For the first time ever, scientists have determined the cosmic origin of highest-energy neutrinos. A research group led by IceCube scientist Elisa Resconi, spokesperson of the Collaborative Research Center SFB1258 at the Technical University of Munich (TUM), provides an important piece of evidence that the particles detected by the IceCube neutrino telescope at the South Pole originate from a galaxy four billion light-years away from Earth.

To rule out other origins with certainty, the team led by neutrino physicist Elisa Resconi from the Technical University of Munich and multi-wavelength...

Im Focus: Magnetic vortices: Two independent magnetic skyrmion phases discovered in a single material

For the first time a team of researchers have discovered two different phases of magnetic skyrmions in a single material. Physicists of the Technical Universities of Munich and Dresden and the University of Cologne can now better study and understand the properties of these magnetic structures, which are important for both basic research and applications.

Whirlpools are an everyday experience in a bath tub: When the water is drained a circular vortex is formed. Typically, such whirls are rather stable. Similar...

Im Focus: Breaking the bond: To take part or not?

Physicists working with Roland Wester at the University of Innsbruck have investigated if and how chemical reactions can be influenced by targeted vibrational excitation of the reactants. They were able to demonstrate that excitation with a laser beam does not affect the efficiency of a chemical exchange reaction and that the excited molecular group acts only as a spectator in the reaction.

A frequently used reaction in organic chemistry is nucleophilic substitution. It plays, for example, an important role in in the synthesis of new chemical...

Im Focus: New 2D Spectroscopy Methods

Optical spectroscopy allows investigating the energy structure and dynamic properties of complex quantum systems. Researchers from the University of Würzburg present two new approaches of coherent two-dimensional spectroscopy.

"Put an excitation into the system and observe how it evolves." According to physicist Professor Tobias Brixner, this is the credo of optical spectroscopy....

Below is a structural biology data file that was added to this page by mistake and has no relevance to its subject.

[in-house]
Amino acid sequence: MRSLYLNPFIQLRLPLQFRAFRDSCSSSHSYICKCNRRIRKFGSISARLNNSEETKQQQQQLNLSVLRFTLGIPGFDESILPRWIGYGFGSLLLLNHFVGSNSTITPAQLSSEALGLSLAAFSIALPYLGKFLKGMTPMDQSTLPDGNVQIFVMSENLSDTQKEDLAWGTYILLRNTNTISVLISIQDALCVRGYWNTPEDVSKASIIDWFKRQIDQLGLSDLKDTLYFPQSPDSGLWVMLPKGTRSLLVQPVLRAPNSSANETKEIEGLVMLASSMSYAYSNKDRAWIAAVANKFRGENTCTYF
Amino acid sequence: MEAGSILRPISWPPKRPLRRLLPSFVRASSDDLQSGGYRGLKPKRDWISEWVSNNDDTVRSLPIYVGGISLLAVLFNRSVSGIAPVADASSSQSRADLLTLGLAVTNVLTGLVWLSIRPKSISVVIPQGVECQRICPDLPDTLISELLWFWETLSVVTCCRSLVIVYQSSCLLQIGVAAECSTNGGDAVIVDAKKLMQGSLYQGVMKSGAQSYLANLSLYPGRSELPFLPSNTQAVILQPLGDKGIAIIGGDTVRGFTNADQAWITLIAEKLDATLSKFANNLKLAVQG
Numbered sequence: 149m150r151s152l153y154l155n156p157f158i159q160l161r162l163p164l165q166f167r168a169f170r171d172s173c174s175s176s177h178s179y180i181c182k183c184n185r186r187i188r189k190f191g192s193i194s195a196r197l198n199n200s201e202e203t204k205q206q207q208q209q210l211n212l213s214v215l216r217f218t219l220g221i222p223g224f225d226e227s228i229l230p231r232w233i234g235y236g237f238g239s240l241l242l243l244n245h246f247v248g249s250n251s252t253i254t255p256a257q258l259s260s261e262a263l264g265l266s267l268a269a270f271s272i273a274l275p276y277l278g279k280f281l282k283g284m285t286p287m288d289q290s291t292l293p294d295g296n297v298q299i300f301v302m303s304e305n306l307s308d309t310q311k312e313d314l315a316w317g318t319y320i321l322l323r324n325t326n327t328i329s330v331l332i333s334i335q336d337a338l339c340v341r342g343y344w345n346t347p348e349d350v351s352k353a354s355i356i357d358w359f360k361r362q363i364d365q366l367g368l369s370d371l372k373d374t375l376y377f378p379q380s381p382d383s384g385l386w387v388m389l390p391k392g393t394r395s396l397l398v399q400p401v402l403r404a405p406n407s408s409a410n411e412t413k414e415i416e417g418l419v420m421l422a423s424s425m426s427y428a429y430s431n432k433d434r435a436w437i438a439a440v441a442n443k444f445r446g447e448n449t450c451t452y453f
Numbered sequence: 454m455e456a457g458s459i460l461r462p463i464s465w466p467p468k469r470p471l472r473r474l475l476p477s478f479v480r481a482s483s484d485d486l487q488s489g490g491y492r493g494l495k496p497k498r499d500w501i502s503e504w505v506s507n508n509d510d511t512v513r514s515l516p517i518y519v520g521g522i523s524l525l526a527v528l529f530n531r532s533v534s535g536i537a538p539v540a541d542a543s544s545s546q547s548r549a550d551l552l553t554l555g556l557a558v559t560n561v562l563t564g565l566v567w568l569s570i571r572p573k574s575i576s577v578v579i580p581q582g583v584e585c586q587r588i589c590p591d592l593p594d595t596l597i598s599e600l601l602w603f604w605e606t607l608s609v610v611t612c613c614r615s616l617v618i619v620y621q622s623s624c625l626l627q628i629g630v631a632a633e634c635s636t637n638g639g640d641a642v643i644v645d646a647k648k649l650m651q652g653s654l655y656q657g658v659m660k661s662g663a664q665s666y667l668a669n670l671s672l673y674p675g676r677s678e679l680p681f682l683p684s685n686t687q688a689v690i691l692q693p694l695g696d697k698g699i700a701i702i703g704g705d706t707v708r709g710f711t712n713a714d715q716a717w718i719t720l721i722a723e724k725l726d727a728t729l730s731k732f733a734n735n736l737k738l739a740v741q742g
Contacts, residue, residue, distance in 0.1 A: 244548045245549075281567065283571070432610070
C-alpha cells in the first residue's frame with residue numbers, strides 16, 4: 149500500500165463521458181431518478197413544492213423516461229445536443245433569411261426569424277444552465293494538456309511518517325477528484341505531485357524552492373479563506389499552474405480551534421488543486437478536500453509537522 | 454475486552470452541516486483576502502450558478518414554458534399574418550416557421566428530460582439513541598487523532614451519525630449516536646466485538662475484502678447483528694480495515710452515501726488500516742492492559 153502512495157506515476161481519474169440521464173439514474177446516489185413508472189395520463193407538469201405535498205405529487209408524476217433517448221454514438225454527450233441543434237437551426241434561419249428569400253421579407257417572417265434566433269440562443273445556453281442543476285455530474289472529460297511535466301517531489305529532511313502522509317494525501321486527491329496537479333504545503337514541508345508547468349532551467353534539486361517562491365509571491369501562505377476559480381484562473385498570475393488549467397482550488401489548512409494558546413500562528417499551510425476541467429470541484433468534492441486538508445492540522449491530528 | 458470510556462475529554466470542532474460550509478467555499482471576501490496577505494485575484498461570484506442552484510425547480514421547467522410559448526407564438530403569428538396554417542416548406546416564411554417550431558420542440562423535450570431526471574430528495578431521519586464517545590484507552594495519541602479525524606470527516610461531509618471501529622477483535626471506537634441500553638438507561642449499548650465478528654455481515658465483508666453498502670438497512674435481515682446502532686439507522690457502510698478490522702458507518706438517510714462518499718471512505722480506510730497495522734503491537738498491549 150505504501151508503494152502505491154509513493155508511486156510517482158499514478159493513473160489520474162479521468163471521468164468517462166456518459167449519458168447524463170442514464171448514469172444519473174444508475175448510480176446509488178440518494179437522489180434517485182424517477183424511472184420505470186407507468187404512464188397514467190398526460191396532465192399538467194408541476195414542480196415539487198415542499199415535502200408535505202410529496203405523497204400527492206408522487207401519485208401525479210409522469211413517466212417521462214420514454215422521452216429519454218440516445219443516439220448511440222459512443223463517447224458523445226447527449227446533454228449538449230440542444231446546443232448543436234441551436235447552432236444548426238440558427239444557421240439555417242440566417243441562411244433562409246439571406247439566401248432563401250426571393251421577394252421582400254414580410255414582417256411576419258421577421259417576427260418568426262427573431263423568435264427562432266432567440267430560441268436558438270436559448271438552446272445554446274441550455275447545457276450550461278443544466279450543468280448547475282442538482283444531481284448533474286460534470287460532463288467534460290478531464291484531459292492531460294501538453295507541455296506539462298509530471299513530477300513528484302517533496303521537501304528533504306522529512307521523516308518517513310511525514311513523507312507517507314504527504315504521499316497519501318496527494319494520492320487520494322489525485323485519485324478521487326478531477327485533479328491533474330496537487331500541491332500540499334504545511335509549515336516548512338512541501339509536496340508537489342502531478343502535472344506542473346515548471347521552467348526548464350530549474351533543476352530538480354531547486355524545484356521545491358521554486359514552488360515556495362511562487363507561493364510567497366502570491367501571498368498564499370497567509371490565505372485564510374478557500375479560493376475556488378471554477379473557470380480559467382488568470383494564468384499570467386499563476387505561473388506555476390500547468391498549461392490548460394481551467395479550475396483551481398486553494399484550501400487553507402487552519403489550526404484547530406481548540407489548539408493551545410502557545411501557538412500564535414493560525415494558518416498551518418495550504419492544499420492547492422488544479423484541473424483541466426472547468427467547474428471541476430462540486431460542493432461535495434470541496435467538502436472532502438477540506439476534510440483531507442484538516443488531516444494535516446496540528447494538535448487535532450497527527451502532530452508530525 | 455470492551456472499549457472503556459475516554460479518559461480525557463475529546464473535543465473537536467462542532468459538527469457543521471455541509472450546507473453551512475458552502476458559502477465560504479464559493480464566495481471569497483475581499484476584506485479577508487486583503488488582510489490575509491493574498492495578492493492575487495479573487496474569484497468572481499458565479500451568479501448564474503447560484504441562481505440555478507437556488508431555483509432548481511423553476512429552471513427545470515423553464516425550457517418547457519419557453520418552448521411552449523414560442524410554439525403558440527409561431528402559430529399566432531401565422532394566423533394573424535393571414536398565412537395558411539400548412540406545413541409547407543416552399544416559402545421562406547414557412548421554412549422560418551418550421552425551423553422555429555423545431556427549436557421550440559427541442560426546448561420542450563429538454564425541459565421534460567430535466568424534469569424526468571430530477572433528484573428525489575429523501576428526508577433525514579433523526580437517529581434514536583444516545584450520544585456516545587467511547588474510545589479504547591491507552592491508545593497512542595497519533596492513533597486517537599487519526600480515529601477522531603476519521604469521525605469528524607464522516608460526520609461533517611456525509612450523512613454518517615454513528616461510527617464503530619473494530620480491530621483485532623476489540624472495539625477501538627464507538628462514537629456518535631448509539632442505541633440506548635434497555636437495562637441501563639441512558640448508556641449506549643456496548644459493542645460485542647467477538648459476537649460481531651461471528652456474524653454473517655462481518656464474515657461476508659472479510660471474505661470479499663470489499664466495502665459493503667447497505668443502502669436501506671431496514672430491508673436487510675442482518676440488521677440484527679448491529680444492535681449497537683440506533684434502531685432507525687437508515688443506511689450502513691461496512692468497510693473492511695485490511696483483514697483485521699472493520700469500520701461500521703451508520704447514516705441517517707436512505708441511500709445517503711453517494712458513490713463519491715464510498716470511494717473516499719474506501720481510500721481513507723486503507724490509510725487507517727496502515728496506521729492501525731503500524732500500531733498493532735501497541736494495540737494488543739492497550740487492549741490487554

Im Focus: Chemical reactions in the light of ultrashort X-ray pulses from free-electron lasers

Ultra-short, high-intensity X-ray flashes open the door to the foundations of chemical reactions. Free-electron lasers generate these kinds of pulses, but there is a catch: the pulses vary in duration and energy. An international research team has now presented a solution: Using a ring of 16 detectors and a circularly polarized laser beam, they can determine both factors with attosecond accuracy.

Free-electron lasers (FELs) generate extremely short and intense X-ray flashes. Researchers can use these flashes to resolve structures with diameters on the...

All Focus news of the innovation-report >>>

Anzeige

Anzeige

VideoLinks
Industry & Economy
Event News

Leading experts in Diabetes, Metabolism and Biomedical Engineering discuss Precision Medicine

13.07.2018 | Event News

Conference on Laser Polishing – LaP: Fine Tuning for Surfaces

12.07.2018 | Event News

11th European Wood-based Panel Symposium 2018: Meeting point for the wood-based materials industry

03.07.2018 | Event News

 
Latest News

Machine-learning predicted a superhard and high-energy-density tungsten nitride

18.07.2018 | Materials Sciences

NYSCF researchers develop novel bioengineering technique for personalized bone grafts

18.07.2018 | Life Sciences

Why might reading make myopic?

18.07.2018 | Health and Medicine

VideoLinks
Science & Research
Overview of more VideoLinks >>>